Power corrupts; absolute power corrupts absolutely

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            #7
            Wow Kilo, thank you for the awesome tips! Can't wait to try this on one of my builds!


            Sent from my iPhone using Tapatalk

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              #8
              Very good

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                #9
                Originally posted by kilowattore, post: 2444647
                It's worth it indeed
                Question about the eggs. Are you boiling the eggs and then placing them in a container w/water plus the hands. Additionally are you removing them from shell? The first photo looked as if the egg was still runny.


                Sent from my iPhone using Tapatalk

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                  #10
                  Eggs are boiled until they're cooked (like if you're going to eat them).
                  Hands and eggs are placed in a container (no water), then you smash the shells and put a lid on top of the box. The idea is to keep as much sulfur/gas as possibile inside the box. Smashed eggs should not touch hands.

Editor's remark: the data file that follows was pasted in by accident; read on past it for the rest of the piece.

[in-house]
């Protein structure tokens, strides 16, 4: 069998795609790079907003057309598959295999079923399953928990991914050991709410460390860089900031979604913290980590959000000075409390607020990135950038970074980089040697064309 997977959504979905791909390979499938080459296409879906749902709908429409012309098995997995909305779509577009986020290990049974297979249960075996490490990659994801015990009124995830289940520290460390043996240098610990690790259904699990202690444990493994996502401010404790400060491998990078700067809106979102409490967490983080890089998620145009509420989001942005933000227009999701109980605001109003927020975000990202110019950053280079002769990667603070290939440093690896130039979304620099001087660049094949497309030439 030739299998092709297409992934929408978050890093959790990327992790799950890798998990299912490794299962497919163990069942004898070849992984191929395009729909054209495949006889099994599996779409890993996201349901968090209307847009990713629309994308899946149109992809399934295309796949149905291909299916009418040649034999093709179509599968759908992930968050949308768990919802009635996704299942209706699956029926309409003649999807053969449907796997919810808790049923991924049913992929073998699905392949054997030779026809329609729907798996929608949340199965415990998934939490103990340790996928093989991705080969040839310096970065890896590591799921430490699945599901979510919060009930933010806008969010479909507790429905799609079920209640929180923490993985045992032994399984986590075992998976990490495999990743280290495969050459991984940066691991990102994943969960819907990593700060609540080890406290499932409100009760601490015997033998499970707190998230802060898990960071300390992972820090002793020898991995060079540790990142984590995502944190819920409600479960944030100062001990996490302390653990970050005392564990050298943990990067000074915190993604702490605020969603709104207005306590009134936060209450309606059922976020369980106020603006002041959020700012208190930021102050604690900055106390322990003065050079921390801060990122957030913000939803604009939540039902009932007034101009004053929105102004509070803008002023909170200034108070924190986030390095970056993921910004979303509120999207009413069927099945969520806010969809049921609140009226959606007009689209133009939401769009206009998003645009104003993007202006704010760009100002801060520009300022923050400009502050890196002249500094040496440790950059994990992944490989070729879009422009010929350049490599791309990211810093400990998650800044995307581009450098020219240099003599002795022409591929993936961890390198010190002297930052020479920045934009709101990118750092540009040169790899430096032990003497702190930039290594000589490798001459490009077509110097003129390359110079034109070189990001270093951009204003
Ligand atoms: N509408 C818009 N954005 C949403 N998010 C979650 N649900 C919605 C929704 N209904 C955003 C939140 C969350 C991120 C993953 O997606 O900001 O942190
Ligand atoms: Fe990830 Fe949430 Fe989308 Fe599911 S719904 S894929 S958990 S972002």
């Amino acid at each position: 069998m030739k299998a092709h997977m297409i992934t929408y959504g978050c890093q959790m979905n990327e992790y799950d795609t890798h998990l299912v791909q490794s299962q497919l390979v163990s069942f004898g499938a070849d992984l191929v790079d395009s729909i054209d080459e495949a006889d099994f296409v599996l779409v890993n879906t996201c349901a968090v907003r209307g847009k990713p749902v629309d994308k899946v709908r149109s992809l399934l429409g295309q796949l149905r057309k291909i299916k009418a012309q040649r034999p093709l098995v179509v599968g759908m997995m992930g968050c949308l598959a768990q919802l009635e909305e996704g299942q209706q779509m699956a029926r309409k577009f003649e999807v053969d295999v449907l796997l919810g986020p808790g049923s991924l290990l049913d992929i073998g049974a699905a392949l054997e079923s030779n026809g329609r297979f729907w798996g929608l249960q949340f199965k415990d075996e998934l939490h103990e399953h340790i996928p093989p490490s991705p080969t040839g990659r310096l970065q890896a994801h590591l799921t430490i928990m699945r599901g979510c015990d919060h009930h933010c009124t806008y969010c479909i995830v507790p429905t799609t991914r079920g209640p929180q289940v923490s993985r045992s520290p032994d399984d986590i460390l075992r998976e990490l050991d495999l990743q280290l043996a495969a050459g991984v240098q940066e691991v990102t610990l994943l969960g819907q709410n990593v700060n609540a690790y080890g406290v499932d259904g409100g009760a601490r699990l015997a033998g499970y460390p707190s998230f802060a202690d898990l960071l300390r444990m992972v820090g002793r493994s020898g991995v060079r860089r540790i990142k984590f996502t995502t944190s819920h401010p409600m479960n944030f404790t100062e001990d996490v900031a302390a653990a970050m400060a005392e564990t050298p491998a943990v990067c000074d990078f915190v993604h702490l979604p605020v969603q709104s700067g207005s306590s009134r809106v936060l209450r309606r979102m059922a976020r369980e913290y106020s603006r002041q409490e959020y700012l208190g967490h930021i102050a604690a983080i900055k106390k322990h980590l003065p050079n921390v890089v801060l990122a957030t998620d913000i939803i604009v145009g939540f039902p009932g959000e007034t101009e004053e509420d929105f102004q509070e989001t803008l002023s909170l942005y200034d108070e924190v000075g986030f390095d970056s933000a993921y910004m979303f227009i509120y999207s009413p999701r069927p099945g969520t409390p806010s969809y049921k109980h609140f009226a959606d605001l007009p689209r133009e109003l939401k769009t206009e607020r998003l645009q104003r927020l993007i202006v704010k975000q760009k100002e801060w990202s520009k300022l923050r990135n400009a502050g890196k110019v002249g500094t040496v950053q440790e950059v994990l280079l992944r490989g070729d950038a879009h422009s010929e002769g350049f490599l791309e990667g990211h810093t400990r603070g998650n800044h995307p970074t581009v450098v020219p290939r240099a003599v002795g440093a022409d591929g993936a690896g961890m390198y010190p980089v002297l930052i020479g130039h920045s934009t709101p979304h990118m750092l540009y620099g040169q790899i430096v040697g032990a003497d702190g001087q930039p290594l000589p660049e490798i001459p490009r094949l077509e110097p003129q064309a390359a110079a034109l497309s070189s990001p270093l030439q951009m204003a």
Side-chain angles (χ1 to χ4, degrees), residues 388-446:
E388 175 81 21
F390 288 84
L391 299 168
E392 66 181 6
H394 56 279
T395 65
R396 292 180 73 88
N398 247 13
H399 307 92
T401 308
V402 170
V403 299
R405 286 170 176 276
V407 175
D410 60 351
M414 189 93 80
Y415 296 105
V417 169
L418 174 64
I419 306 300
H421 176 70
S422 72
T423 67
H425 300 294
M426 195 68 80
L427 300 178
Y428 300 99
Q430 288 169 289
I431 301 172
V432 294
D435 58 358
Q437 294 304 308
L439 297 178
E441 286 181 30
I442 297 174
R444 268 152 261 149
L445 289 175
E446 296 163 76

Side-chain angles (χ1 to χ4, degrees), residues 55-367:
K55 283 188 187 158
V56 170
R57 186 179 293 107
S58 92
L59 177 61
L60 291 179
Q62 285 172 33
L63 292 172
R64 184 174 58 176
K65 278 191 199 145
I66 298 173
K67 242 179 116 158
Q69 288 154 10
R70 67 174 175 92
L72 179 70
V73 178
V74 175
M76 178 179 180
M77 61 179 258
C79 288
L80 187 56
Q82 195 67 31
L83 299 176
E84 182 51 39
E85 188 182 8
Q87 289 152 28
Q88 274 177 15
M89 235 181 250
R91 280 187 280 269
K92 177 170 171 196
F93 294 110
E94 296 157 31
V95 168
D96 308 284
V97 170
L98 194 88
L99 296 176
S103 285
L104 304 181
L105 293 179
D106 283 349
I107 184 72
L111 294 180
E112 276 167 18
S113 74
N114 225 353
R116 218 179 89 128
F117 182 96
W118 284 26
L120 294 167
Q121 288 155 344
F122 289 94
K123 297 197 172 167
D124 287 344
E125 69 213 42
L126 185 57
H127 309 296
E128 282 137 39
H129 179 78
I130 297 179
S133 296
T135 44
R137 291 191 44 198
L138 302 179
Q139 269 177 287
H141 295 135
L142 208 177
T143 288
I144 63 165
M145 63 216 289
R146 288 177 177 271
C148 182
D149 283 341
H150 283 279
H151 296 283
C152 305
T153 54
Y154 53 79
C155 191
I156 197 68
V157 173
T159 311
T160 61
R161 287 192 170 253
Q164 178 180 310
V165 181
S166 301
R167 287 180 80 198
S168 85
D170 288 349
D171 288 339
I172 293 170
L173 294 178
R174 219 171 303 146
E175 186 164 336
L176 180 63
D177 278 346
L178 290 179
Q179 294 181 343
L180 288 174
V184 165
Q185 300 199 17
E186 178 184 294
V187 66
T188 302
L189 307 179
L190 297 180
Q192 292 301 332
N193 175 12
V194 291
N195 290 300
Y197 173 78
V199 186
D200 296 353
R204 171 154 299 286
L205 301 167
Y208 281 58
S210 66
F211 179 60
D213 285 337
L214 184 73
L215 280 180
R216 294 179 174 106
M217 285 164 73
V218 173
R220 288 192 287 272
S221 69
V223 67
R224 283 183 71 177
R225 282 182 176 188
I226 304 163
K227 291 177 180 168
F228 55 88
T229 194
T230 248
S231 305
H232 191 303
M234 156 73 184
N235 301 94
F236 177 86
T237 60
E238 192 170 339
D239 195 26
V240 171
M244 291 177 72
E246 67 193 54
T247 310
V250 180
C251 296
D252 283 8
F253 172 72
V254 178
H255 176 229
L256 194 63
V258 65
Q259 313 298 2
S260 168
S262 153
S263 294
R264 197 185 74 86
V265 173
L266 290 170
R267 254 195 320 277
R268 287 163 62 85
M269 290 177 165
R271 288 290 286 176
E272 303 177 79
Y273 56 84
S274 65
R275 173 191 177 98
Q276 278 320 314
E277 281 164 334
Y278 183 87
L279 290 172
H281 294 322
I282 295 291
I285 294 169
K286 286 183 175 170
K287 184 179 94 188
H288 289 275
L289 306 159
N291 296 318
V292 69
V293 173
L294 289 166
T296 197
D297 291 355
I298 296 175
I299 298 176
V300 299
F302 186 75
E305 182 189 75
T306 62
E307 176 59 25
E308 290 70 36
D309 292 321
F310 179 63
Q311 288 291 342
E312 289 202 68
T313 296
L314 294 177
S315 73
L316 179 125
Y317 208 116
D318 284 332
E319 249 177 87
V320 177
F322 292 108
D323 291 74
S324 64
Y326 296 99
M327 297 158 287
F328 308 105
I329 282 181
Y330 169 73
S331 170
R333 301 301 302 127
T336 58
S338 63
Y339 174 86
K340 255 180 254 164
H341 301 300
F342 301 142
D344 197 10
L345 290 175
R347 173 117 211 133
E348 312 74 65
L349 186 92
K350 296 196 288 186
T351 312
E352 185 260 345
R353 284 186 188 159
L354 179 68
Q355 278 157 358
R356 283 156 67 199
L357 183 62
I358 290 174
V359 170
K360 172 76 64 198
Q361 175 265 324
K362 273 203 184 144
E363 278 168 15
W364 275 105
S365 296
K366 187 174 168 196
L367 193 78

SHARE YOUR SKILLS!
                  Summary of the best tutorials

                  MY WORKS
                  Directory of my builds and reviews

                  Comment


                    #11
                    Wow kilo what an informative summary. Thank you. Looking forward

                    Comment


                      #12
                      Hopefully this won't sound silly, but is there anyway to bring back the photos on some of these old posts? Photo heavy instruction posts are great tools for new members adventuring into the modding world but unfortunately as these are quite old, the photos get scrapped from the servers used.

                      i.e. create a cloud database with PDF exports of all the photo heavy posts?
                      Last edited by Solution6; 27-08-19, 13:53.
                      In an open relationship with my Moonwatch.

                      Comment


                        #13
                        Originally posted by Solution6 View Post
                        Hopefully this won't sound silly, but is there anyway to bring back the photos on some of these old posts? Photo heavy instruction posts are great tools for new members adventuring into the modding world but unfortunately as these are quite old, the photos get scrapped from the servers used.

                        i.e. create a cloud database with PDF exports of all the photo heavy posts?
                        bump !!

                        same need here